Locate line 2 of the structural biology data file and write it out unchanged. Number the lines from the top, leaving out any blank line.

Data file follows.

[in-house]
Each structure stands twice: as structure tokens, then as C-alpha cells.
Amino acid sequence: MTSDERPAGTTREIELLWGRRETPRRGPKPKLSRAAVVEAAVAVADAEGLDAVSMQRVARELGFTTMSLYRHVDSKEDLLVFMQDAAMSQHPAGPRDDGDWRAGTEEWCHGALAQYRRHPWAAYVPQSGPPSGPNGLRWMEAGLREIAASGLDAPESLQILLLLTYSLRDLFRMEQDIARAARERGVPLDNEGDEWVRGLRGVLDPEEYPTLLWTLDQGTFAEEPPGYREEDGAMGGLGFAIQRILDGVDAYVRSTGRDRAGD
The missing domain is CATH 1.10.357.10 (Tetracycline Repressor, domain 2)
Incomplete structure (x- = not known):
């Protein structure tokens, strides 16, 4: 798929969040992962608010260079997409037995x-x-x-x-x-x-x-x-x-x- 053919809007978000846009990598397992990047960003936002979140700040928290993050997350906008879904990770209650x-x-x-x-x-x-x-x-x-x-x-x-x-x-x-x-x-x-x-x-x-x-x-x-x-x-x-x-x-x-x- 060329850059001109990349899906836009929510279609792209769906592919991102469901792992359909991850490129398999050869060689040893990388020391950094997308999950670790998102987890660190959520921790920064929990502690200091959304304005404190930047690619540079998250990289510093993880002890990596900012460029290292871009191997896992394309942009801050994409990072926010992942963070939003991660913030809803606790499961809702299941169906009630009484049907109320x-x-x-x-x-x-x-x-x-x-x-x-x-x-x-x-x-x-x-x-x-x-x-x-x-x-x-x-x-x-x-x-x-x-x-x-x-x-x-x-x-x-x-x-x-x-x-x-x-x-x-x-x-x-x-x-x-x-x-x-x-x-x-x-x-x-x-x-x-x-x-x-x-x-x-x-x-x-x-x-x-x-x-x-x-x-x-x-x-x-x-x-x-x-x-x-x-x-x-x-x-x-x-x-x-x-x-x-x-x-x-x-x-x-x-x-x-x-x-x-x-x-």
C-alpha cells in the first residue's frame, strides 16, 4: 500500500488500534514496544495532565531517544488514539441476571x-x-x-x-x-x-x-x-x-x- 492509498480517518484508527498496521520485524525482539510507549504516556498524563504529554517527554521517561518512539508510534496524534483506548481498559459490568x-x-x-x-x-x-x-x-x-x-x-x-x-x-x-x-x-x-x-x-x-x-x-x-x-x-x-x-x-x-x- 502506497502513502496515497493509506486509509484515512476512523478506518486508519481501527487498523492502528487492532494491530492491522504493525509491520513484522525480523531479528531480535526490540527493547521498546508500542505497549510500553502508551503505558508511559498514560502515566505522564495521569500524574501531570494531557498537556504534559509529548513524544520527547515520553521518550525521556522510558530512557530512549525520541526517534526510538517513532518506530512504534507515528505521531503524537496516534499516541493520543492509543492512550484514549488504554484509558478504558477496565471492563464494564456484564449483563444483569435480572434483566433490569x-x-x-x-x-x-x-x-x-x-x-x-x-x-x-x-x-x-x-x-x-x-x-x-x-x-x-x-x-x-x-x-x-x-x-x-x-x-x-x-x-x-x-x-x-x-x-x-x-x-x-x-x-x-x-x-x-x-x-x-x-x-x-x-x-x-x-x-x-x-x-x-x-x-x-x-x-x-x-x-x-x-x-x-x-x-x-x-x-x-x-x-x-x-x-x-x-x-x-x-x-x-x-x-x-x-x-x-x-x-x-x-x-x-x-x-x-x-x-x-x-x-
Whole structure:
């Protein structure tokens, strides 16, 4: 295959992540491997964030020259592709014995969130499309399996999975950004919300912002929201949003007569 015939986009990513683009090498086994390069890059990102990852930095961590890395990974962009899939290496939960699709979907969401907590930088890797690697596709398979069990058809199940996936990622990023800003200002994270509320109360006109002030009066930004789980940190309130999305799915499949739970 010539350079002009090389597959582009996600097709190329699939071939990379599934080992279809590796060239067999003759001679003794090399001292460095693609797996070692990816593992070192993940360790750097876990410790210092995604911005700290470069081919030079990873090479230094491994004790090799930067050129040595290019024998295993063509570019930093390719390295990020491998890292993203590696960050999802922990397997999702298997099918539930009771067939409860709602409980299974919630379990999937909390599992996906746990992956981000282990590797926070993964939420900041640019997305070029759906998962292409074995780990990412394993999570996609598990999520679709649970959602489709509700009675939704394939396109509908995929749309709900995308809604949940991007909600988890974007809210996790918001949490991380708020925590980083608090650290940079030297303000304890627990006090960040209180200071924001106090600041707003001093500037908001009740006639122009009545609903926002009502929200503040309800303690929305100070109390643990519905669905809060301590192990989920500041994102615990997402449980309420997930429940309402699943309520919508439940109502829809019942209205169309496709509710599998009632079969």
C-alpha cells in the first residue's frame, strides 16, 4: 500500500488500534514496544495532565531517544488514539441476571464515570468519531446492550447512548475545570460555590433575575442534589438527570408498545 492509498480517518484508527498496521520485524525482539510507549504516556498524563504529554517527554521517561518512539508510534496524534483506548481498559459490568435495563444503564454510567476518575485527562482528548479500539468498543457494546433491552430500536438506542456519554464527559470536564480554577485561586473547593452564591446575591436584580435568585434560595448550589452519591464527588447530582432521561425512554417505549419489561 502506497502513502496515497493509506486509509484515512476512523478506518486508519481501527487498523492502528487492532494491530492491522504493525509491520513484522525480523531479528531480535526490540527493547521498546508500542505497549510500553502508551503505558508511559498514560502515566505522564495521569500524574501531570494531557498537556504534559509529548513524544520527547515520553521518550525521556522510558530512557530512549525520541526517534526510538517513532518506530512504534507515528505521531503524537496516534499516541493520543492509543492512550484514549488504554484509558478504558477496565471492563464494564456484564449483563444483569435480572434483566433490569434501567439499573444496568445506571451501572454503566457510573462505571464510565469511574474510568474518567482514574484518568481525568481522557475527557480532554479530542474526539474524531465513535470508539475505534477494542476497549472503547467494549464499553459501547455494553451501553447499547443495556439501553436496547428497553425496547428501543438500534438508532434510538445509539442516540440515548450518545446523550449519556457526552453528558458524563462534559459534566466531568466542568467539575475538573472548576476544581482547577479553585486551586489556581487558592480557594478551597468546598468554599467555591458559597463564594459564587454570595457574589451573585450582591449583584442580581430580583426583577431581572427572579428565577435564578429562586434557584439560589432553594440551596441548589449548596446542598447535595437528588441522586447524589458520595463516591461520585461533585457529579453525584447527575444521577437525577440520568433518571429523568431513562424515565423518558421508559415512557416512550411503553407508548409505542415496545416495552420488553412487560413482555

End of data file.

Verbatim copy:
Each structure stands twice: as structure tokens, then as C-alpha cells.